Some of the things I really like about it:
1) The battery life is excellent (you can leave it off the charging station for approx 7 days).
2) The batteries are standard AAA ones. A pair in the handset. Easy to replace when they eventually begin to lose charge.
3) It comes with a great colour display, and a sensible easy-to-use menu.
4) An LED on the handset flashes, if you missed a call.
5) There is a large call log. You can go through days of calls, viewing the date, time, contact/phone no.
6) All your Skype contacts are listed similar to the computer application. You can easily see who is online and able to take your calls.
7) It is very handy having an always-on Skype phone, which doesn't need your PC to be running to make or accept calls.
8) Good call quality. (plus there's a headset socket if you wish to use one).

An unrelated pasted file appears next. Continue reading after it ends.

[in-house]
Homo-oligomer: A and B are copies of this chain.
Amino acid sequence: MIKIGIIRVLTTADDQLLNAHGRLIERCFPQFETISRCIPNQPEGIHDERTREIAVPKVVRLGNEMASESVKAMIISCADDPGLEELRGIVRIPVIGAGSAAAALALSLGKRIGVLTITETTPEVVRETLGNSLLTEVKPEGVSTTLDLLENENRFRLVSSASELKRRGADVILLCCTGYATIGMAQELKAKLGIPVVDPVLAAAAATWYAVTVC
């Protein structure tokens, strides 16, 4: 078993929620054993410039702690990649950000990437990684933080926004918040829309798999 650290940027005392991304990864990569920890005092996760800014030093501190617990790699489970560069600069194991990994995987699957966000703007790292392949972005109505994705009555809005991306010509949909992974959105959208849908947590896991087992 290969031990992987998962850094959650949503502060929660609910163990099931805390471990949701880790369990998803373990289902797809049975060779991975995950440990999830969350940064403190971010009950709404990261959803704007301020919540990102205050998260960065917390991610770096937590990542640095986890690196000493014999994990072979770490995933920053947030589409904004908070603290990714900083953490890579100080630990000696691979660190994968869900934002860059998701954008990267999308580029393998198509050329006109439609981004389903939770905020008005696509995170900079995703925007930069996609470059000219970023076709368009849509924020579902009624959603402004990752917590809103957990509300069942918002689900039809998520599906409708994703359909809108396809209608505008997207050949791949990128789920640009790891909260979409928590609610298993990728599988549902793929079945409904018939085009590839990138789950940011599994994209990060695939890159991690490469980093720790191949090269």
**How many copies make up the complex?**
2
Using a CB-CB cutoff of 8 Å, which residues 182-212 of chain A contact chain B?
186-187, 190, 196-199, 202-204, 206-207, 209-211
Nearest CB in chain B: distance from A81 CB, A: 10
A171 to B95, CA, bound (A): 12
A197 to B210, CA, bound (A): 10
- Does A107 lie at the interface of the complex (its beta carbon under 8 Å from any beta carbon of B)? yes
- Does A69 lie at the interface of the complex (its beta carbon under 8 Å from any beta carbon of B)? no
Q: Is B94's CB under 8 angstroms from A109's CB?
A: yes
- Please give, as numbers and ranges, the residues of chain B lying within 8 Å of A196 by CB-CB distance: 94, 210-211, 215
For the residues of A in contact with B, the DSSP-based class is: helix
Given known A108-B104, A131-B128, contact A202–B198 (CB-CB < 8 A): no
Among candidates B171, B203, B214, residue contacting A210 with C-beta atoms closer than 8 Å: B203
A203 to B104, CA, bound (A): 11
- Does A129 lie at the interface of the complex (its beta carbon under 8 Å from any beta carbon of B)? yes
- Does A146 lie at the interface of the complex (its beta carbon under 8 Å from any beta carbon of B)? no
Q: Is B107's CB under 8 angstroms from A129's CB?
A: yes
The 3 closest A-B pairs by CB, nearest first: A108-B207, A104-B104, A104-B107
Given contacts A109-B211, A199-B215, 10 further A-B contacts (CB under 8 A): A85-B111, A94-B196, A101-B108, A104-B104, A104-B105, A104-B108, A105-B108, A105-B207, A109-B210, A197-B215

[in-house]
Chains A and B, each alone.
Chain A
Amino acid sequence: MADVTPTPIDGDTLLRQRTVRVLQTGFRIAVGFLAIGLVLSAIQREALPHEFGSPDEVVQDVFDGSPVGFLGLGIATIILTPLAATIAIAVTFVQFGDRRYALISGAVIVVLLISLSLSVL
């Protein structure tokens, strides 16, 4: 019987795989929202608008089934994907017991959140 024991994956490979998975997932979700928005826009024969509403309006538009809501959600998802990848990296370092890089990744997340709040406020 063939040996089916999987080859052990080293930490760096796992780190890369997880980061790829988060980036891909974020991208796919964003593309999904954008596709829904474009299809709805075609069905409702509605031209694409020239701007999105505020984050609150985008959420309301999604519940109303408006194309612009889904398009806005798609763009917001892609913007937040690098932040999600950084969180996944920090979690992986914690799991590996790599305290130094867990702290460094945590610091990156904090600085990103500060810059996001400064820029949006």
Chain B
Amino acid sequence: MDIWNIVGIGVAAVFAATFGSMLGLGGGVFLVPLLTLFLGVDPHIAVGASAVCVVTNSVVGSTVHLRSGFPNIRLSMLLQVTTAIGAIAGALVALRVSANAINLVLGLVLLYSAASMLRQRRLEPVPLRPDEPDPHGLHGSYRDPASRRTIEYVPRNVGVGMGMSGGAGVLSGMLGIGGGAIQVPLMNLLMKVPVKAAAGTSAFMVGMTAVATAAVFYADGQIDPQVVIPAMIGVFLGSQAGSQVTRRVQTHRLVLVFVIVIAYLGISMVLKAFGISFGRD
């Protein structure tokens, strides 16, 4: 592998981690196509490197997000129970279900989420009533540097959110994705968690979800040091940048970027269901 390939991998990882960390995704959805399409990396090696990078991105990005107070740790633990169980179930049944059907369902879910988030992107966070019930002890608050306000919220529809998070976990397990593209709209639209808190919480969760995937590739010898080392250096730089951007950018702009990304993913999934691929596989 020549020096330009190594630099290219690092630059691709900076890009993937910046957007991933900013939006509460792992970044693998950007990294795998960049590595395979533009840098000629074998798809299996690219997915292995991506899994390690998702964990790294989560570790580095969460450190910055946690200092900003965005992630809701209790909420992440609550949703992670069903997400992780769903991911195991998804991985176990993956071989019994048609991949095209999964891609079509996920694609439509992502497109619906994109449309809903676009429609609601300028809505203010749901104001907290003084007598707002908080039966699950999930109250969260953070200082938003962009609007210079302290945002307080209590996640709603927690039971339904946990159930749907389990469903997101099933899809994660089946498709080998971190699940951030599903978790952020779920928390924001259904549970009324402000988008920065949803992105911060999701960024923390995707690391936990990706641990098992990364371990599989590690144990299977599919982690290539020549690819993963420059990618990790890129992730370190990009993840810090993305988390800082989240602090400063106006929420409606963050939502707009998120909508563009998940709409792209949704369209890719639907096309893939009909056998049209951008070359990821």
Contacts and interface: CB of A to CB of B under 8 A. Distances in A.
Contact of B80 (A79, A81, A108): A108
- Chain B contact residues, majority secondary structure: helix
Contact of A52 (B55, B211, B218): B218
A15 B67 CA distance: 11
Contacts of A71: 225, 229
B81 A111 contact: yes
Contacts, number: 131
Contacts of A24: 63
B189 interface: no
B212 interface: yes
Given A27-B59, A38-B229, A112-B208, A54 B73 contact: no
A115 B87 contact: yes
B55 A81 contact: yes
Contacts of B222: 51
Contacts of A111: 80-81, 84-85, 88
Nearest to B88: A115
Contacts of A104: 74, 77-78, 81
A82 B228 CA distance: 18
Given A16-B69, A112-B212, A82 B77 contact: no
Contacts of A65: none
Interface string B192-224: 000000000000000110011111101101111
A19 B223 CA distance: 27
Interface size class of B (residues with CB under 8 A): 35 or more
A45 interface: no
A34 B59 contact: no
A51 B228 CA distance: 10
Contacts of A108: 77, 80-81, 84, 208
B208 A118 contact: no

9) Separate charger-station and base-station. For instance you can keep the phone on it's charger in your bedroom, and the base-station could be downstairs (next to your router).

It's a very nice device, but here are a few issues:
1) You cannot make or receive text messages over Skype with it.
2) There is no voicemail onboard, for when you aren't at home.
3) Would have preferred if it was a bit cheaper.
4) Entering contacts and numbers onto the phone (via standard numeric keypad) could be a more pleasant experience. (Maybe if there was a way to access the phone via computer?)

It's a good buy, very practical, well made and well designed.
Comment Comment (1) | Permalink | Most recent comment: Feb 13, 2009 1:08 PM GMT

Acer Aspire One A110-Ab Netbook, Linpus Linux Lite version, 512MB DDR2 RAM, 8GB NAND Flash (Sapphire Blue)
Acer Aspire One A110-Ab Netbook, Linpus Linux Lite version, 512MB DDR2 RAM, 8GB NAND Flash (Sapphire Blue)

6 of 7 people found the following review helpful
4.0 out of 5 stars Acer Aspire One 110aw, 8 Dec 2008
The Acer Aspire One is a great alternative to a full size laptop. It is small and light enough (< 1kg) to put into my backpack. The external power supply is also small and light. It comes preconfigured with OpenOffice suite, Firefox, Mail Client, Games, Media Player, Photo Viewer, and so on.